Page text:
Labour’s 5 biggest events of 2012

31st December, 2012 3:30 pm


By Marcus Roberts and Mark Ferguson

The conventional wisdom is that 2012 ends much as it began: government infighting, questions over Labour policy, weak economy etc. but that argument misses something important: it is these very factors which at mid-term are deepening the doom that Tories face even as they strengthen Ed Miliband’s hand for the Parliament’s second half.

With this in mind, here’s our list of the top five moments for Labour in 2012 and why we think their impact will last:

5) Jon Cruddas. If 2011 was Tom Watson’s year as Labour’s surprise Shadow Cabinet superstar, 2012 belonged to Cruddas. Cruddas took charge of the policy review amalgamating its myriad groups and subgroups into three simple themes (rebuilding the economy, rebuilding society and rebuilding politics) to provide clarity and definition to Labour’s thinking about government. And this wasn’t just an internal game: Angela Eagle’s launch of YourBritain site showed the Party was ready to begin listening to members on their policy priorities – something Cruddas and Eagle have both sworn to ensure. But the last thing to remember about the lasting significance of Cruddas’ return to frontline Labour politics is that his commitment to a big radical policy offer from Labour in the next manifesto is matched by his deep knowledge and experience of fighting tough elections. Cruddas gets the need for Labour to do politics differently which has in turn aided Labour’s own change.

4) Labour reorganises. It wasn’t easy (personnel overhauls of long established bureaucracies and power bases never are) but Ed Miliband and Iain McNicol’s overhaul of Party structures and staff is the kind of underestimated but genuinely essential change that helps win elections. Spring announcements of Labour’s intention to recruit 200 organisers and 100 new candidates by 2014 showed a level of aggression and organisation seldom found in fresh oppositions. Again though, Labour’s change wasn’t just an internal process. Just as important as the arrival of Miliband’s Chief of Staff Tim Livesey and the appointment of the Party’s Executive Directors was the embrace of activism that goes beyond leafleting. Simply put, Labour is now putting a lot more emphasis on community campaigning on local issues combined with canvassing that stresses longer conversations with voters and a lot more listening. Labour’s embrace of the ideas of Arnie Graf, it’s switch-to-save scheme and Miliband’s commitment to ”the largest voter registration drive for a generation” have shown that the Labour leader believes that being out of office doesn’t mean being out of power.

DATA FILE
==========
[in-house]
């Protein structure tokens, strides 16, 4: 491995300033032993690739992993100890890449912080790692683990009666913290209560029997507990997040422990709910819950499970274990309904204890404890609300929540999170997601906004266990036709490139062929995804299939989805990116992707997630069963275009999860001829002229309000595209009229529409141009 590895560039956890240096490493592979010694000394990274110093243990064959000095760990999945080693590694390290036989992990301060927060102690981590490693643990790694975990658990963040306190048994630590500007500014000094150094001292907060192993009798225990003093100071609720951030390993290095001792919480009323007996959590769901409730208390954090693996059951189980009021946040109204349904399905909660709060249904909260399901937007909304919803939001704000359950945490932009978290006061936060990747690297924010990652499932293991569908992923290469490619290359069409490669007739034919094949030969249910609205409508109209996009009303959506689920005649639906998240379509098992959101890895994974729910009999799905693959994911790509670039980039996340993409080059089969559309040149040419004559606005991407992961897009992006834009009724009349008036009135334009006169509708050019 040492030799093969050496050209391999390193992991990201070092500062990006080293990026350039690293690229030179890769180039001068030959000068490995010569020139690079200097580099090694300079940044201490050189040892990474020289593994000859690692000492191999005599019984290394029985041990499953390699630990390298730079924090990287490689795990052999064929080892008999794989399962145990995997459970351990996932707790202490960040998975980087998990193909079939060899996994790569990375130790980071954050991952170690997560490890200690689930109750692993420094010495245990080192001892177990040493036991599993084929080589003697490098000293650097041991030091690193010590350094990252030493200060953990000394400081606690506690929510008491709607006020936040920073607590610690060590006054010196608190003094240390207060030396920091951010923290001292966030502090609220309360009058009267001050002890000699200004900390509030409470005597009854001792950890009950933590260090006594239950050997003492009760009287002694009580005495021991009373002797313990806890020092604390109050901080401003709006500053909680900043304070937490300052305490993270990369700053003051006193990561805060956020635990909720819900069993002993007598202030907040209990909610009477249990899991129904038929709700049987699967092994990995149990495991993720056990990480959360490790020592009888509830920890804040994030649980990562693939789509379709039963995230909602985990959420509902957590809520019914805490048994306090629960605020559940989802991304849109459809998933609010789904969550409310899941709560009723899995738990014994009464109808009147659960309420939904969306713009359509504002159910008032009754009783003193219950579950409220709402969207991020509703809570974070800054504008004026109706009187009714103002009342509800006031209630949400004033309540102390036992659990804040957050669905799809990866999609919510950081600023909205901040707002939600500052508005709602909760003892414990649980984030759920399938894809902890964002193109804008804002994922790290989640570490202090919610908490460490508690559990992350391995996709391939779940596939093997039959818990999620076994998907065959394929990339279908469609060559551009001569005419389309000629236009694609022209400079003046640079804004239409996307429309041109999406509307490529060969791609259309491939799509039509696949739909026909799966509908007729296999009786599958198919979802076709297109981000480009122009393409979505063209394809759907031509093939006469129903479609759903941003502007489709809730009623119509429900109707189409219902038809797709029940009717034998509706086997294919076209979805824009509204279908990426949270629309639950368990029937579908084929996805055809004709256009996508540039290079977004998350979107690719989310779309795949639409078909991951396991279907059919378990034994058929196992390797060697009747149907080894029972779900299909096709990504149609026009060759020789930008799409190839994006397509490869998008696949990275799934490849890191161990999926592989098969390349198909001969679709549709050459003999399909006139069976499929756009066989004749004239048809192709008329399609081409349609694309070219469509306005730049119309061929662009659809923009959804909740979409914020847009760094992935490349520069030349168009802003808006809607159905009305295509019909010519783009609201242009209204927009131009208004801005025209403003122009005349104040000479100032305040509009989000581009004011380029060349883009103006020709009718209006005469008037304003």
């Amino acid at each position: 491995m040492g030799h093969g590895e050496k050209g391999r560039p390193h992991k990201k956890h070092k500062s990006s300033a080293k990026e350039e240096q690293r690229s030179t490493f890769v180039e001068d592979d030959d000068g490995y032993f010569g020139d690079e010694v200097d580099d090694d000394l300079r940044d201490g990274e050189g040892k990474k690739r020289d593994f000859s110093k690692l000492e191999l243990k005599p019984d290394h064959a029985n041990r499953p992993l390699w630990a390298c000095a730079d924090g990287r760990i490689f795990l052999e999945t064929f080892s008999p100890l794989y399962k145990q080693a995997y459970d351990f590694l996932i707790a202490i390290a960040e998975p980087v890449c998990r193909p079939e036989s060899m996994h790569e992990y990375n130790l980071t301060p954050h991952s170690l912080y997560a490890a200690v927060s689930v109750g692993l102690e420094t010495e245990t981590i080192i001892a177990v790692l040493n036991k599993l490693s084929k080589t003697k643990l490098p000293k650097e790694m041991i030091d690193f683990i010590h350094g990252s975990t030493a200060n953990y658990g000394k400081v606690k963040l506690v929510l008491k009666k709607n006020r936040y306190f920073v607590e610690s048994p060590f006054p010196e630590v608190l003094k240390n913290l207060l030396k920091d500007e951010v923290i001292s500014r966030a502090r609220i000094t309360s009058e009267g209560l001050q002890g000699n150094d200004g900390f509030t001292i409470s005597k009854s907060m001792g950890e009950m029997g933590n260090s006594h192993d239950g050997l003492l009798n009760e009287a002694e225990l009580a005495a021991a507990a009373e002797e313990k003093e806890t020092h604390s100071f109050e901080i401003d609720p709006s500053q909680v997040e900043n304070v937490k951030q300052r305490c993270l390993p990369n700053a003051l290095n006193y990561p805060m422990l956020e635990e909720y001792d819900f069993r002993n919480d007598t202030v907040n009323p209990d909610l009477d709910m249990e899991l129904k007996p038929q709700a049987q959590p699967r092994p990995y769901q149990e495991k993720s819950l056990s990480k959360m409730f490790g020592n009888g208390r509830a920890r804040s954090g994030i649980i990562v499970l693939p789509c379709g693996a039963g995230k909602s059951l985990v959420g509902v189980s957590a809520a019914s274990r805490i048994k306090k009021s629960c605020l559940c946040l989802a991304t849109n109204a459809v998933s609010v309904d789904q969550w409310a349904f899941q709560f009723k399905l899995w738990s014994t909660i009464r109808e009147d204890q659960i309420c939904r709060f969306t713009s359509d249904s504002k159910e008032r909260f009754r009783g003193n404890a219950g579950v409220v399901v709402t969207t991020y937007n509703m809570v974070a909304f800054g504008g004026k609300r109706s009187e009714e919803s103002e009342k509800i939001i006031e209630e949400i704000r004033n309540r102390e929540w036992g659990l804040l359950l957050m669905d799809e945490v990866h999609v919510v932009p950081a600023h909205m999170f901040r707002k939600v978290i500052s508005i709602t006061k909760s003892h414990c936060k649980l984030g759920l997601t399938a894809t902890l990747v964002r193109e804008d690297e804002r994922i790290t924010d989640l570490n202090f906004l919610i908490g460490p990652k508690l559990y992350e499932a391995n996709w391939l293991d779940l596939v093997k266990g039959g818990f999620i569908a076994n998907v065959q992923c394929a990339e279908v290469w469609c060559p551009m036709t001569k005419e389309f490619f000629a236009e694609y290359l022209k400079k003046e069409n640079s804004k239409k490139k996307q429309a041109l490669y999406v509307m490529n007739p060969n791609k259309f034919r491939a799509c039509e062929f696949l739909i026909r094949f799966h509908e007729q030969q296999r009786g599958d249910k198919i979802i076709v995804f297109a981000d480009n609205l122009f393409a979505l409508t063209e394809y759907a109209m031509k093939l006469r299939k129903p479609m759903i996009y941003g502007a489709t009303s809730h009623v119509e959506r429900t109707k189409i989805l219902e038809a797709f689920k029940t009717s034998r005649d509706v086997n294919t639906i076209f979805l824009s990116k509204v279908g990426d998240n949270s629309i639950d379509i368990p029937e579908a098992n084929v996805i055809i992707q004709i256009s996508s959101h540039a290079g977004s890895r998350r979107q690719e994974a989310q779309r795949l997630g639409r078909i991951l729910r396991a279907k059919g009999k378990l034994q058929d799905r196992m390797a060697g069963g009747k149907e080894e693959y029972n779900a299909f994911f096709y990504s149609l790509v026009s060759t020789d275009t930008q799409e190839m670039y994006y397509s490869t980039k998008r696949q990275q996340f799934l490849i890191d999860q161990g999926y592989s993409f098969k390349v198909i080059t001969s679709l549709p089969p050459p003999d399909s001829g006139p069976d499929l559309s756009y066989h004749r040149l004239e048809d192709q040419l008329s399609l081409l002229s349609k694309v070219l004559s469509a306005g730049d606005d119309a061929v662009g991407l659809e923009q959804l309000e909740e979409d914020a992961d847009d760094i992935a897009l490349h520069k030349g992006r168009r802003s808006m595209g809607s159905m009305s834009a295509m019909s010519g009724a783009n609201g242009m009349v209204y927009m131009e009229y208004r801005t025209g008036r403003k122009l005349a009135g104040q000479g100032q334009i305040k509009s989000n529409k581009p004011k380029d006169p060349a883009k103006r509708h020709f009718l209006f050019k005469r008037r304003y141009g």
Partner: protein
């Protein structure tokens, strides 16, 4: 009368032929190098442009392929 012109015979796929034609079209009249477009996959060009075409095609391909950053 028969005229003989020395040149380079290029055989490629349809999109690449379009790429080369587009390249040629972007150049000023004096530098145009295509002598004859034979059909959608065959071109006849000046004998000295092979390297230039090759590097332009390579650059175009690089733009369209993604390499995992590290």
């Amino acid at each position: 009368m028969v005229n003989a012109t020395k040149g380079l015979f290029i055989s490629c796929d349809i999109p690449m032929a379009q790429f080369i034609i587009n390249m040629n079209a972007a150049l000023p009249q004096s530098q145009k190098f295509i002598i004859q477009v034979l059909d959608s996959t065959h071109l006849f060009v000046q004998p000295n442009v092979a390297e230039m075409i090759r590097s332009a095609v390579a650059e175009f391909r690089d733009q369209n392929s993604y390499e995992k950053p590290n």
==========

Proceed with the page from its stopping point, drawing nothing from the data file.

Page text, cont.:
3) The LibDems and UKIP vie for 3rd party status. In polling terms, the Lib Dems now seem to operate in the 8-11% range whilst UKIP are in the 8-14% range. If these numbers are anywhere near reflective of 2015 then with Labour winning a clear majority of ex-LibDems and UKIP winning an overwhelming majority of ex-Tories, an electoral disaster could be on the cards for Cameron. Labour needs to ensure it holds onto its new Lib Dem supporters whilst trying to restrain its glee at the prospect of the Tories continuing to lurch Right in an attempt to win back UKIPers.

2) Ed’s speech. In politics, authenticity sells and this was the real Ed: Clever, risky, funny, geeky and audacious. Ed gave a speech that laid bare Cameron’s divisive politics and claimed the mantle of ‘One Nation Britain’ for Labour. With bolstered leadership ratings, a united party and even newfound respect from lobby journalists Miliband goes into 2013 knowing that he can trust his own judgement more and fear his critics less. After all, from Murdoch to banking to the decision to run for the leadership in the first place, whenever Ed has bet big, he’s won.